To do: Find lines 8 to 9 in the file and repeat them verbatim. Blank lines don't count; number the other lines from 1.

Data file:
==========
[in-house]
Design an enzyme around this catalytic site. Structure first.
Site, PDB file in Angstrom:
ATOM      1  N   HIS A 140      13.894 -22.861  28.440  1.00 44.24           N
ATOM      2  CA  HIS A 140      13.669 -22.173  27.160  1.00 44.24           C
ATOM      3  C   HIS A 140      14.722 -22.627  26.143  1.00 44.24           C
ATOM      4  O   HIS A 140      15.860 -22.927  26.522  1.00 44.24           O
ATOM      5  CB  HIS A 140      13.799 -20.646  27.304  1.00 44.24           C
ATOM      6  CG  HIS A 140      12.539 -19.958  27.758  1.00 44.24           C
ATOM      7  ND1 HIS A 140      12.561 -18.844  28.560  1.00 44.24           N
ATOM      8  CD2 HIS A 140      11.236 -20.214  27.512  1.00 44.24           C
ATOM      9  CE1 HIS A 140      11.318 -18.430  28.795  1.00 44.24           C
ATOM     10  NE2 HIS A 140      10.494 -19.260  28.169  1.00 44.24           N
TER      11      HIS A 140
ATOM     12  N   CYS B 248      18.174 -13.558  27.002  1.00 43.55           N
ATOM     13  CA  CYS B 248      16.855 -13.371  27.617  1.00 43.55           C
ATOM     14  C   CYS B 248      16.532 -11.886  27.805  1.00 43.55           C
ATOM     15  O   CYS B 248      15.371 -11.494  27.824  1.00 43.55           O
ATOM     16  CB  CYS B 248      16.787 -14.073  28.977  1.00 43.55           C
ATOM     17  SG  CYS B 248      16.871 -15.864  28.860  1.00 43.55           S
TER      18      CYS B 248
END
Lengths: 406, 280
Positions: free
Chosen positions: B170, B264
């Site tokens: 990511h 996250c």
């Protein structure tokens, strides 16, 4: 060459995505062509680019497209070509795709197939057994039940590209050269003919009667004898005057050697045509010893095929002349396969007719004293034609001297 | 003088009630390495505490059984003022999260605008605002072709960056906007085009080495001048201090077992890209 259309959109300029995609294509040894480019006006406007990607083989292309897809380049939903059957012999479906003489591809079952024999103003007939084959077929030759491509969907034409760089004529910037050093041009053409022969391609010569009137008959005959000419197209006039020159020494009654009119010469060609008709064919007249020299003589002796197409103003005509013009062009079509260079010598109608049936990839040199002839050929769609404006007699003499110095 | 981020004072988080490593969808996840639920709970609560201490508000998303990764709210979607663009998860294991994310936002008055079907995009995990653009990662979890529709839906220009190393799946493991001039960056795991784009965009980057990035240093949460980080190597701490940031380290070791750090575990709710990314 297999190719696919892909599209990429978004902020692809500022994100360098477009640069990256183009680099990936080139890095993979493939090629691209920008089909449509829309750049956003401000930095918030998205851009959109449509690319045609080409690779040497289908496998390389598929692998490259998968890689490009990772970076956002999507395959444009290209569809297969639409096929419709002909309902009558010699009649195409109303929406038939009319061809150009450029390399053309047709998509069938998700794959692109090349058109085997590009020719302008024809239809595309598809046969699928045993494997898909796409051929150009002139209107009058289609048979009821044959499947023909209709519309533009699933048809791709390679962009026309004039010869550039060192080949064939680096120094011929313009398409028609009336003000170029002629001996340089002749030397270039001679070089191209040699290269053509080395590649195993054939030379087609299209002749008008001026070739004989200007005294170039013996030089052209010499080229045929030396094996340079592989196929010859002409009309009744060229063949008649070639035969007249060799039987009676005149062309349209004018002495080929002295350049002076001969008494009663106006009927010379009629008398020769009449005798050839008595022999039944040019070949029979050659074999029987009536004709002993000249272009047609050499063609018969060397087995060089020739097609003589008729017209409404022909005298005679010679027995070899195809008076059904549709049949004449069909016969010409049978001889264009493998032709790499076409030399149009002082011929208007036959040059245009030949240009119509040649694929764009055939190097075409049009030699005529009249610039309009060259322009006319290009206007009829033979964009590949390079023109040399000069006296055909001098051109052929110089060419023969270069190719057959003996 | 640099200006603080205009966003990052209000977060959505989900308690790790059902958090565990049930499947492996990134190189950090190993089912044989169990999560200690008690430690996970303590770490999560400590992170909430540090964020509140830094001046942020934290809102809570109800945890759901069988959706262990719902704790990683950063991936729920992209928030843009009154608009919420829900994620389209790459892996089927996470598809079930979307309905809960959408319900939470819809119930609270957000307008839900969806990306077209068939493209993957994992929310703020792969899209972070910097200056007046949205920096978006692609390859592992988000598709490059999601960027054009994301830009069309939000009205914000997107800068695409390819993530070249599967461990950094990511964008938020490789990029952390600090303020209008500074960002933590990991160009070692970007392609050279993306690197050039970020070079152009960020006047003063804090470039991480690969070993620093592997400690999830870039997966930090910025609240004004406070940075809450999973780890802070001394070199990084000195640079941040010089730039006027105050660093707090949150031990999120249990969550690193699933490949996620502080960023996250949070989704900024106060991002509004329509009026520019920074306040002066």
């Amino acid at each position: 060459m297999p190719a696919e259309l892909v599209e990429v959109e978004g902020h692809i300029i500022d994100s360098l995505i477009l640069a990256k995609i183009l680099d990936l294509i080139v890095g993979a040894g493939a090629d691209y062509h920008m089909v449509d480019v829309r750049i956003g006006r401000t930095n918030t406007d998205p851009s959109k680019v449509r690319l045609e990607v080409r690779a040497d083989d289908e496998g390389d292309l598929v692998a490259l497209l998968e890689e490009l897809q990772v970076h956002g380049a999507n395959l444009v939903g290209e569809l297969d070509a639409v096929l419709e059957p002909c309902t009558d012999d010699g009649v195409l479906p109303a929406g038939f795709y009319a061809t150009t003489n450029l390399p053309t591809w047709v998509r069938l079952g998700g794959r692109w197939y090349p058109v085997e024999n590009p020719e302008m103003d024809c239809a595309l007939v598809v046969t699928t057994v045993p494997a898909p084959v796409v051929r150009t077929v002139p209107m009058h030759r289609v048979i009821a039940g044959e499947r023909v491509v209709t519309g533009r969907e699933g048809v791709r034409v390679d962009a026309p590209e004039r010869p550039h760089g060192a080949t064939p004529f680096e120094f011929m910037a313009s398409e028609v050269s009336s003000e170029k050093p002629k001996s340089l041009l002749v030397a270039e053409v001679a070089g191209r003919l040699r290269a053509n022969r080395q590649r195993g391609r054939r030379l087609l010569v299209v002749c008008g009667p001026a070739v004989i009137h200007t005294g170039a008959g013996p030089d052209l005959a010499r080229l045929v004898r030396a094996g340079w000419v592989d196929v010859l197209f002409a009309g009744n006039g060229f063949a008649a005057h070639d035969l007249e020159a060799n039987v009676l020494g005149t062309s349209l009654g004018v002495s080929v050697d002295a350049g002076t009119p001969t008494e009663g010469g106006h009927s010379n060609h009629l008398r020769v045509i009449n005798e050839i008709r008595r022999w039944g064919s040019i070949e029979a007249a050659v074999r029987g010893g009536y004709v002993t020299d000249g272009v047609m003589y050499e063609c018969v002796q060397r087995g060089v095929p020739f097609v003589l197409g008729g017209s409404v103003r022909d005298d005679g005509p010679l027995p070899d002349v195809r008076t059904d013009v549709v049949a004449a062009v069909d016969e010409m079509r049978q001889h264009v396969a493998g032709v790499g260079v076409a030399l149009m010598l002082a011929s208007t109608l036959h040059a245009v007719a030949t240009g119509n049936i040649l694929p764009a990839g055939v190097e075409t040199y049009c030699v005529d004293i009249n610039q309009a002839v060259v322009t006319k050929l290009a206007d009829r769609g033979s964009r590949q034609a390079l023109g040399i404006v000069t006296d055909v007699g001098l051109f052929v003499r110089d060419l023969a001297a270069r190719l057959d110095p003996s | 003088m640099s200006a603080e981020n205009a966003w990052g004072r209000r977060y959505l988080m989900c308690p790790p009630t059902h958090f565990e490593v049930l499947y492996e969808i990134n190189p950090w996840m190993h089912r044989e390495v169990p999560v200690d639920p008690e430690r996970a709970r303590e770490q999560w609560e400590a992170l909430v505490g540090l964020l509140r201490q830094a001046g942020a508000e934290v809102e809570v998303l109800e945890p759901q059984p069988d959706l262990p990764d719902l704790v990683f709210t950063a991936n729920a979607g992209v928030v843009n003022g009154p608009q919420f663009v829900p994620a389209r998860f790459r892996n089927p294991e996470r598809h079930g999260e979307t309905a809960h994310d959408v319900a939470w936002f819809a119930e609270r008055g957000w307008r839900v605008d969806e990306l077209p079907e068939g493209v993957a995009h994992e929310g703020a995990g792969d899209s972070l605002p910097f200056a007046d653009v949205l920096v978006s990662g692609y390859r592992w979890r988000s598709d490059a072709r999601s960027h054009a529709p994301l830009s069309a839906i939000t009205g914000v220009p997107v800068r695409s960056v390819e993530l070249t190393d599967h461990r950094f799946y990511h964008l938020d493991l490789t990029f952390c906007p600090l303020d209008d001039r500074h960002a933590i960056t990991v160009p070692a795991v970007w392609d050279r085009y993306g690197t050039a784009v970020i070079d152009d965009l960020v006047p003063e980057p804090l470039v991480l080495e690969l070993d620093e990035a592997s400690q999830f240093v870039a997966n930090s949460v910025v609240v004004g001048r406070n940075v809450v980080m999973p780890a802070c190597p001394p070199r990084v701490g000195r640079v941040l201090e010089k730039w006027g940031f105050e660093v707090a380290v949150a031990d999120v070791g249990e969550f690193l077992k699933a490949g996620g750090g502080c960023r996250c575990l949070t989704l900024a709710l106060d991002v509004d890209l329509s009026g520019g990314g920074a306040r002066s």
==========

ATOM      5  CB  HIS A 140      13.799 -20.646  27.304  1.00 44.24           C
ATOM      6  CG  HIS A 140      12.539 -19.958  27.758  1.00 44.24           C